Economic Prosperity, Grievances, and Civil Conflict

35 Pages Posted: 15 Jul 2012 Last revised: 25 Jul 2012

See all articles by Vally Koubi

Vally Koubi

University of Bern - Department of Economics

Tobias Boehmelt

ETH Zürich

Date Written: 2012

Abstract

The ‘greed vs. grievance’ dichotomy has monopolized the debate on the causes of civil conflict. However, there are good reasons to believe that the relationship between civil conflict on one hand, and the economy and grievances on the other hand is a conditional one. To contribute to this, the authors contend that good economic conditions coupled with a possibly unequal distribution of wealth within a country can lead to domestic violence. In particular, the paper demonstrates that we might observe the onset of civil conflict even at high levels of income if some groups are dissatisfied with their share of the national economic prosperity. This substantially increases the risk in turn that these groups revolt in order to take what they consider to be an ‘equal slice of the pie.’ The empirical analyses testing the argument employ data for 1950-2004 at the national level. The authors obtain strong support for their argument and they also show that considering the proclaimed conditional relationship significantly improves our ability to forecast the onset of civil conflict.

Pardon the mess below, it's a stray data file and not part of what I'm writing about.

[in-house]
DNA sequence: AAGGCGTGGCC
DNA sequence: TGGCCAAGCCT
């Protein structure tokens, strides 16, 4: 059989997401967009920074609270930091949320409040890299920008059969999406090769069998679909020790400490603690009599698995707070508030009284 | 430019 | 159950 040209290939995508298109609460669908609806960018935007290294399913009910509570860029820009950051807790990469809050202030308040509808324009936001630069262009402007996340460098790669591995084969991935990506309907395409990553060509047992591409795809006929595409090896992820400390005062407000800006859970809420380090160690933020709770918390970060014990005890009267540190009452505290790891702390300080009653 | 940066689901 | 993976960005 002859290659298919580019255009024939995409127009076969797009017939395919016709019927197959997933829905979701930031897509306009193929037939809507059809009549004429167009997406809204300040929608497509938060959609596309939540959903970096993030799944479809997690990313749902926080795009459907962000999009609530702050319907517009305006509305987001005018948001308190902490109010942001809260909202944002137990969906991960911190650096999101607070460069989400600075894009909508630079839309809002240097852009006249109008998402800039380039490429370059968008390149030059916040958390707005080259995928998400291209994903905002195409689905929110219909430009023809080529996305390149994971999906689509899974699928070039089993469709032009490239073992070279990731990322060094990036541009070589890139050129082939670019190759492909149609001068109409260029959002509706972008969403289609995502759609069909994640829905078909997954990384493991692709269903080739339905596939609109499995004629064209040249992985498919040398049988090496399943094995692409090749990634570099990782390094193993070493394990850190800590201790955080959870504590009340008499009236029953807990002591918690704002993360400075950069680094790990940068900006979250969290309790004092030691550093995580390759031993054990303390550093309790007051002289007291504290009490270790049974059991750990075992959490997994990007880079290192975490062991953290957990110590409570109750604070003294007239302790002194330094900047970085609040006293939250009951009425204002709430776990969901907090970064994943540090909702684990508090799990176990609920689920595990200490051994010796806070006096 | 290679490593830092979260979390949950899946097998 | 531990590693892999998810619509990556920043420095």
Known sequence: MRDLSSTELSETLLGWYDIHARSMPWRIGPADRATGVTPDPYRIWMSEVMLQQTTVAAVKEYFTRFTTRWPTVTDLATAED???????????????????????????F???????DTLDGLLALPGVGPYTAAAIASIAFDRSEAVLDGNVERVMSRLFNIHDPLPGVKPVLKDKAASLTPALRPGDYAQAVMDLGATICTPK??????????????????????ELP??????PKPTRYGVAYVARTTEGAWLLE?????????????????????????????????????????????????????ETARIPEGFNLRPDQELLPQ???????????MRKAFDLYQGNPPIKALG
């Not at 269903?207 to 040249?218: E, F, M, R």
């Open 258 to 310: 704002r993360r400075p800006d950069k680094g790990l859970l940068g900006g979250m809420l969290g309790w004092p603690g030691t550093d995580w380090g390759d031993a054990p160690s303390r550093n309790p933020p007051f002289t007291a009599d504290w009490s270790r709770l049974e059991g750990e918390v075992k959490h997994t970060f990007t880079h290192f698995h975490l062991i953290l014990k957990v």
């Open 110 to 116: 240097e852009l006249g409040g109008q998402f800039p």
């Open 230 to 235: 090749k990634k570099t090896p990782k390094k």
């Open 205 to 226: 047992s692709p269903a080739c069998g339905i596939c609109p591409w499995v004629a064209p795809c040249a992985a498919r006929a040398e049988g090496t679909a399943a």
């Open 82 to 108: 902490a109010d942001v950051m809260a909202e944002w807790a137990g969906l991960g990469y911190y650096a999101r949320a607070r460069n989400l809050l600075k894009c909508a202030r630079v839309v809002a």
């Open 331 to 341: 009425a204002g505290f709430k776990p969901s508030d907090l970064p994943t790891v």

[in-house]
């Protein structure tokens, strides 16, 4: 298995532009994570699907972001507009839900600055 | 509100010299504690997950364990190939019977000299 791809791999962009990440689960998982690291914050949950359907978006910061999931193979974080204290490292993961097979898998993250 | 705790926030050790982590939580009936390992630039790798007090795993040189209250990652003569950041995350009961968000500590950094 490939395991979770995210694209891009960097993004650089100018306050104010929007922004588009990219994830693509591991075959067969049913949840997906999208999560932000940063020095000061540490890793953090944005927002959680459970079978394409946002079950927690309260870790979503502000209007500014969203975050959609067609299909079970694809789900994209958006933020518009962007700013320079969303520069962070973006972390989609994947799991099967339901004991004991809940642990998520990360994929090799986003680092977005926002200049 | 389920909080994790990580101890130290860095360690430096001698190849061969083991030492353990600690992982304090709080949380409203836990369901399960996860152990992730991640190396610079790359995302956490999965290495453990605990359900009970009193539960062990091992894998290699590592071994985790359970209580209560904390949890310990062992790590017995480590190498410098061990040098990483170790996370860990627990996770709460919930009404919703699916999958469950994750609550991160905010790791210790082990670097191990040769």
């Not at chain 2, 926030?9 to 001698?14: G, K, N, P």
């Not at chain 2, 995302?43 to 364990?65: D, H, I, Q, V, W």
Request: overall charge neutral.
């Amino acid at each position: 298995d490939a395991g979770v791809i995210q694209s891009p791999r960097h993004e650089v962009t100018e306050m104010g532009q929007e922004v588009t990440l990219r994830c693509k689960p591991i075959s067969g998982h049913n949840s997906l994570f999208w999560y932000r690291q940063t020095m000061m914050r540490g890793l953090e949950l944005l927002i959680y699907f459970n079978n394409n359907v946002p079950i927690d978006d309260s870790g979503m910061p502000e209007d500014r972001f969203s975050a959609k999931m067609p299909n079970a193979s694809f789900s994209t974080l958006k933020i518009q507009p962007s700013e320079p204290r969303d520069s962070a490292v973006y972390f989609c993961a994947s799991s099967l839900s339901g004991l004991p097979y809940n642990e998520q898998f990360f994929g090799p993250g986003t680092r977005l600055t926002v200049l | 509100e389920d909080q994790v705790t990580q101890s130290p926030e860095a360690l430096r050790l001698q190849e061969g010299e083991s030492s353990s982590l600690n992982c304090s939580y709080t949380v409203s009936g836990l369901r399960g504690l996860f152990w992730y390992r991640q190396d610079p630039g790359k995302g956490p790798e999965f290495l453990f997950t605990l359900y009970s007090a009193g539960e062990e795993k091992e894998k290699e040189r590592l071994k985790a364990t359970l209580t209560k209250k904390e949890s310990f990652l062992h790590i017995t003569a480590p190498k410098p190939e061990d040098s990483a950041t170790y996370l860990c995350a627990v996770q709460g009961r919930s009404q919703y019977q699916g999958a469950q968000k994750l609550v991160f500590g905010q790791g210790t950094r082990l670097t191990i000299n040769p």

Keywords: economic prosperity; income; grievance; civil conflict; forecasting

Suggested Citation

Koubi, Vally and Boehmelt, Tobias, Economic Prosperity, Grievances, and Civil Conflict (2012). APSA 2012 Annual Meeting Paper. Available at SSRN: https://ssrn.com/abstract=2107196

Vally Koubi (Contact Author)

University of Bern - Department of Economics ( email )

Schanzeneckstrasse 1
Bern, CH-3001
Switzerland

Tobias Boehmelt

ETH Zürich ( email )

Zürichbergstrasse 18
8092 Zurich, CH-1015
Switzerland

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